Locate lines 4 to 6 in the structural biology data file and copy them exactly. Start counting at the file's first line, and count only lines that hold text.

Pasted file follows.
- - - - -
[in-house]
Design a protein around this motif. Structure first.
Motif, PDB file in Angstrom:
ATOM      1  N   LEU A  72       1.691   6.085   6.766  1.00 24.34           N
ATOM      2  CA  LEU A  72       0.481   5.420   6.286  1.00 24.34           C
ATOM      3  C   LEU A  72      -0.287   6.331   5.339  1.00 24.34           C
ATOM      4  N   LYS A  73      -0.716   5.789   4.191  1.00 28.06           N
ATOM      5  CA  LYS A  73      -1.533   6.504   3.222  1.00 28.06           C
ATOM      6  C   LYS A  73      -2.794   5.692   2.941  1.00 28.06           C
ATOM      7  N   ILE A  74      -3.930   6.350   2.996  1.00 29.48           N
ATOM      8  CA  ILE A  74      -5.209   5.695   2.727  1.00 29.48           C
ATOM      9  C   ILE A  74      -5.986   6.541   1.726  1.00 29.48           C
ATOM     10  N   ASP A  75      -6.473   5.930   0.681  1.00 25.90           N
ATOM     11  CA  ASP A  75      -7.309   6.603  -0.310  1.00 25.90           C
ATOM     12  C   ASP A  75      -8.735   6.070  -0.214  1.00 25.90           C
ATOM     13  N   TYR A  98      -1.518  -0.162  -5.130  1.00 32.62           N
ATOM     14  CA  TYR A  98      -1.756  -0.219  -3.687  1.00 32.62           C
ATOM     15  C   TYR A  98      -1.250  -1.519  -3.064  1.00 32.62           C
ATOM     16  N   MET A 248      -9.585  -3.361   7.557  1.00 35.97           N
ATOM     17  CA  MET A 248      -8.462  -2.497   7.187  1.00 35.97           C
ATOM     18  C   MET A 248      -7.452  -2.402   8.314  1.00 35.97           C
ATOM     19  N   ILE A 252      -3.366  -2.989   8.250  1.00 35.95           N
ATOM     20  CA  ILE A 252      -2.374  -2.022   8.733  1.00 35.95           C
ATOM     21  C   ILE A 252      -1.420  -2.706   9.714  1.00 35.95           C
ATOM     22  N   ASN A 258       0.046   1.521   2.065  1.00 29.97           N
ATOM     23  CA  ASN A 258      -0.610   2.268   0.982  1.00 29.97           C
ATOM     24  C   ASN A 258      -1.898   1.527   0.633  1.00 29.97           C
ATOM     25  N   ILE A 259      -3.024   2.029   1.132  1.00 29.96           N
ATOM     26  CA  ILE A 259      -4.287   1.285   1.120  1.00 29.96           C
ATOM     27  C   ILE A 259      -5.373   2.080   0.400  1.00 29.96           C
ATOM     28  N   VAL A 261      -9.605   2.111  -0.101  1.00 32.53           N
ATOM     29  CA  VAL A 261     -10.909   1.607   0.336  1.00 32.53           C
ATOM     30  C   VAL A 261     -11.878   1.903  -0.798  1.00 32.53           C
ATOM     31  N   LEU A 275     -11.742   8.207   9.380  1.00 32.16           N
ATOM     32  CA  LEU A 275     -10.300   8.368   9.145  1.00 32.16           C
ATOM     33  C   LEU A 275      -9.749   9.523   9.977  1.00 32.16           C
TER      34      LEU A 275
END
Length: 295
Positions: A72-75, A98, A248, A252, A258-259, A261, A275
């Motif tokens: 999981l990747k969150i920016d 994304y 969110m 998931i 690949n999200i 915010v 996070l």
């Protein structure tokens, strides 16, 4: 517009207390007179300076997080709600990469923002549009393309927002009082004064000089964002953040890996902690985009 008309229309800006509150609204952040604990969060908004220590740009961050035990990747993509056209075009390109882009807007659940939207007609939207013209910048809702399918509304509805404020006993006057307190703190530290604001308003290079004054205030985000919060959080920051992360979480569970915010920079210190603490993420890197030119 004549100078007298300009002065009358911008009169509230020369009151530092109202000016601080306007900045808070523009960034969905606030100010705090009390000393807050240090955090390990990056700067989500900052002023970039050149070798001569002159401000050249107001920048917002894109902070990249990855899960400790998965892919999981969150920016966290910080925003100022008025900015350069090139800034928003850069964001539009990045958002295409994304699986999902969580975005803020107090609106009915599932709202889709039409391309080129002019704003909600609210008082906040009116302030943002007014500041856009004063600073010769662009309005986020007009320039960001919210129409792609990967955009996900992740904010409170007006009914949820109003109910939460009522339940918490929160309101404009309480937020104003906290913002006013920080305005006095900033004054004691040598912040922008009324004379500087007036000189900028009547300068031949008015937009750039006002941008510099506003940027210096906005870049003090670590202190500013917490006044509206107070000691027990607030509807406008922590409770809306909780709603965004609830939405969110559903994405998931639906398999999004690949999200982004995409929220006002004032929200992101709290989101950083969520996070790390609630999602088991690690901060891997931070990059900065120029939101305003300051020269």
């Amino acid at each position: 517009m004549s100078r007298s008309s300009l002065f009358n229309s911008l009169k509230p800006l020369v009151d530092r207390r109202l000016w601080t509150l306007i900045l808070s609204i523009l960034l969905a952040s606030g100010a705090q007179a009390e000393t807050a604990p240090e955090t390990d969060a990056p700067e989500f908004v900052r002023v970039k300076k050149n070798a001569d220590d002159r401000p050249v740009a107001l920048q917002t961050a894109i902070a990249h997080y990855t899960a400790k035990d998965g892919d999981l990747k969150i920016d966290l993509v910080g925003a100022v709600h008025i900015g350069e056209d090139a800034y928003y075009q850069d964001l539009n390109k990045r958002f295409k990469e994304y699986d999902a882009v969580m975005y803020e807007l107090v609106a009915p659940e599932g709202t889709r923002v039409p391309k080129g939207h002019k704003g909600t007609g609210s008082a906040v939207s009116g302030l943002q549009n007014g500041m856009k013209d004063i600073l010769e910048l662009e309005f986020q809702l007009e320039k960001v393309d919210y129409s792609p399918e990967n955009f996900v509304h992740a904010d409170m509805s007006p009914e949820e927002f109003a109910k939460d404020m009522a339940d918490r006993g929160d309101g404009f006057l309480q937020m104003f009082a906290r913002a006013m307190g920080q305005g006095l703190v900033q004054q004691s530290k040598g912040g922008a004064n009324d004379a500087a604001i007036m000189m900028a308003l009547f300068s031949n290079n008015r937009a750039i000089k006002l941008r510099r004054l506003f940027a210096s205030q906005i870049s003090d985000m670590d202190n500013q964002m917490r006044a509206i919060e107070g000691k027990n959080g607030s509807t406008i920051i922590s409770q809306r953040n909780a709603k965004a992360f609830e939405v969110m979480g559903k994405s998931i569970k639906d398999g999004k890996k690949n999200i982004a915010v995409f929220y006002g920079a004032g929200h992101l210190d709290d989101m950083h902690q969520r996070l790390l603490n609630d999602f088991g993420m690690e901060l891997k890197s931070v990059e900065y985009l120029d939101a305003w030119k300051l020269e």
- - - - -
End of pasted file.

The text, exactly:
ATOM      1  N   LEU A  72       1.691   6.085   6.766  1.00 24.34           N
ATOM      2  CA  LEU A  72       0.481   5.420   6.286  1.00 24.34           C
ATOM      3  C   LEU A  72      -0.287   6.331   5.339  1.00 24.34           C